At least once a week around 7 p.m., I somehow come across the same overweight girl in my neighborhood, whether on the subway or in the street. And yes, she is always somehow talking about dinner, her primary, if only, post-work pleasure. One particular evening this week, she was very flustered, shouting on the phone to what I could only assume was her roommate–though these days, it’s pretty clear to me that only the most psychotic and/or unattractive people seem to be involved in a relationship. But, still, I was getting a very distinct “roommate” vibe from the conversation as she huffily shouted, “You put your shit in the oven, but not mine?!”
It was plain to see (and hear) that this girl’s life was so empty and unsatisfying that food was her chief–perhaps sole–source of solace. I could tell because I, too, could relate, could identify my own world-weariness and boredom in her. She never seemed to notice me studying her, or if she did, had no energy to care. She had short, stringy blonde hair and was often wearing a studded leather jacket. I don’t think she would be prettier if she lost weight, but it might be enough to make her happier because it would allure more men. Men tend to stop at the neck when it comes to “the male gaze.” Nonetheless, I’ve never really been one of those people to believe that you need another person to “complete you,” or that the presence of said person will make you feel that much less alone in the world. But maybe it would have for Megan–that’s what I finally discovered her name was one winter day in January when she dropped her wallet and picked it up without realizing her New York ID had fallen out. Megan Brondo. It was as unflattering as I expected. Why does it that your worst hunches about things always prove accurate? Yet it can never be something you use your so-called power of positive thinking to put out into the universe that comes to fruition.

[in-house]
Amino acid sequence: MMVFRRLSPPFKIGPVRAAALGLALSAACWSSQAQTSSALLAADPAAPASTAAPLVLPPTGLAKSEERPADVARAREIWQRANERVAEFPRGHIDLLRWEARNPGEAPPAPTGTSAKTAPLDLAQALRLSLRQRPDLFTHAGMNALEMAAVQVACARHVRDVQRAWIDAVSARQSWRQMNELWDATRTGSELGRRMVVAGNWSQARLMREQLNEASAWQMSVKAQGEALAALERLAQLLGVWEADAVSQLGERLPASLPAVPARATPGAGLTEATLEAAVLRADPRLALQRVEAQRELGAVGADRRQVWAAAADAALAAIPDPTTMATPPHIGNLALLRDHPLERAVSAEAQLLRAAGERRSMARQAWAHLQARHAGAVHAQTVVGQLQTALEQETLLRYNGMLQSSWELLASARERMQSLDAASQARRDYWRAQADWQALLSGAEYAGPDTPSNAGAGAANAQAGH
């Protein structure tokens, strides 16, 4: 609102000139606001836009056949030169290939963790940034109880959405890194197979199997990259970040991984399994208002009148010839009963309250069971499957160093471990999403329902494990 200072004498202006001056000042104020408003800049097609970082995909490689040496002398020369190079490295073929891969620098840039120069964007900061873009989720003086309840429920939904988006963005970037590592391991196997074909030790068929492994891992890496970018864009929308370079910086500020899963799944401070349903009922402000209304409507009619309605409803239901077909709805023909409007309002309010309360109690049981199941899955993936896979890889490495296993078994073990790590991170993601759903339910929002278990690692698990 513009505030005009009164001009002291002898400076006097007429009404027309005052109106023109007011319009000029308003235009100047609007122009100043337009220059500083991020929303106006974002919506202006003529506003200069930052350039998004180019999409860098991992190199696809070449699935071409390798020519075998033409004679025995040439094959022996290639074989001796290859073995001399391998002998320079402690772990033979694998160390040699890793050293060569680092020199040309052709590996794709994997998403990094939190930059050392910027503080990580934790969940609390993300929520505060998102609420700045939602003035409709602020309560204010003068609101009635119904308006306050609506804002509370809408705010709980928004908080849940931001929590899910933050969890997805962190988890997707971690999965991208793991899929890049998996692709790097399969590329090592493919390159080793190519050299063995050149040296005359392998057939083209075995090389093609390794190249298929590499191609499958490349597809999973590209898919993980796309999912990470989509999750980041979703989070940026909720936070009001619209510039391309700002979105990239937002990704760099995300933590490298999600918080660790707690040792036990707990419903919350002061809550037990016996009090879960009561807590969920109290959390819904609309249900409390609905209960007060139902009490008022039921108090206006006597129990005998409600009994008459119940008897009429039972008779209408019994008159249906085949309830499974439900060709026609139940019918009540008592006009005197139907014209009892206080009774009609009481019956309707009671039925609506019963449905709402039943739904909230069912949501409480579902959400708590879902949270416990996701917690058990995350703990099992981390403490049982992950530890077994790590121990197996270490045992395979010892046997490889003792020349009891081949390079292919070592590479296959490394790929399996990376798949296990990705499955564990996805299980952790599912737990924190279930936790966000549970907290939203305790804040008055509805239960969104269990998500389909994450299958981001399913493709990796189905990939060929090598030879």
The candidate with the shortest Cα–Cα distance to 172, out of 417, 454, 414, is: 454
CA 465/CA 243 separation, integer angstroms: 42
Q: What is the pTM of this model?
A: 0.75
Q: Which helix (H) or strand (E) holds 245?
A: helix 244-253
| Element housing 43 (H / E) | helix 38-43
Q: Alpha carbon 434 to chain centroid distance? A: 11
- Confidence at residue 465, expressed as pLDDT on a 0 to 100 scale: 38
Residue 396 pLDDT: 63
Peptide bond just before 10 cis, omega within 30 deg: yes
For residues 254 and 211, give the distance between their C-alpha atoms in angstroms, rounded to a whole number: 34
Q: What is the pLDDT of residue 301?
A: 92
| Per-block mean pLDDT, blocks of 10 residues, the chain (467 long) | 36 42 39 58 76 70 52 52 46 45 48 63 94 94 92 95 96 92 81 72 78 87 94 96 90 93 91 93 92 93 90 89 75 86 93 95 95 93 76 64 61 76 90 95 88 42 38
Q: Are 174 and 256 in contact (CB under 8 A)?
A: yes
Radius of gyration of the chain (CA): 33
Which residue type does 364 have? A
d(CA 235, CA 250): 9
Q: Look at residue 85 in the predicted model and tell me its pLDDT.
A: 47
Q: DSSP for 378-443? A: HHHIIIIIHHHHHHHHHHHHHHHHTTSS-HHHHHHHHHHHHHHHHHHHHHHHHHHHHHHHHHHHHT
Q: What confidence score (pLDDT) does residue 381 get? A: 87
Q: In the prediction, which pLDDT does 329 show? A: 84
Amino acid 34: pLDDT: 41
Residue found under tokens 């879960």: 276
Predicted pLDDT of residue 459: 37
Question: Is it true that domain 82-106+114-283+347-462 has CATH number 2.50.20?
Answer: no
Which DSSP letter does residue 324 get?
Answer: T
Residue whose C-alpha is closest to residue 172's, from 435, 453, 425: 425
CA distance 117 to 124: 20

In any case, Megan wasn’t even grateful that I called out to her to give her back her ID, merely nodded at me and mouthed a terse “thanks”; she was on the phone again, talking about a meatball cacciatore recipe she couldn’t wait to finish upon arriving home. The problem was, she just needed one more ingredient before she could serve herself up a plate: cayenne. It was then I saw her dip into a nearby Associated grocery store to search for it, still yapping away. No wonder her roommate didn’t put her food in the oven that one night. She was all take, take, take. You could tell by her conversation skills. Never once did she seem to pause to hear what the other person might have to say. I continued on my way past the store, knowing it would only be a matter of time before I saw her once again.
Surprisingly, however, almost a month went by without any sign of her, which was especially unusual considering I had begun to see her nearly twice a week the month prior. For a while, I forgot about her, finding others to hone in on and be irritated by. That is, until one day, upon perusing through headlines while riding the train, I saw an eye-catching title: “Brooklyn Woman Dies By Overeating”. It’s not the sort of death one hears about every day (unless you vaguely count Mama Cass), and my mind immediately went to Megan. I delved deeper into the contents of the article to find that, though the woman in question was unnamed, it mentioned that she had overeaten to death while her roommate was out of town. Surely, it must have been the same roommate she was always discussing her dinners with. The roommate came home to find the body three days after its demise. Funny how a body just becomes a sort of genderless “it” after death. I feel I didn’t need to read anything more to know it was Megan. Maybe she could no longer find comfort in food the way she used to. A woman unloved has so few pleasures to turn to besides cuisine, after all. Especially if she’s too rotund to truly enjoy the wearing of fashion. I felt a twang of sympathy for Megan. With roughly ten pounds more on my body, I could have been her.
I’ve got to stop eating bread, I insisted to myself as the train notified me of my stop.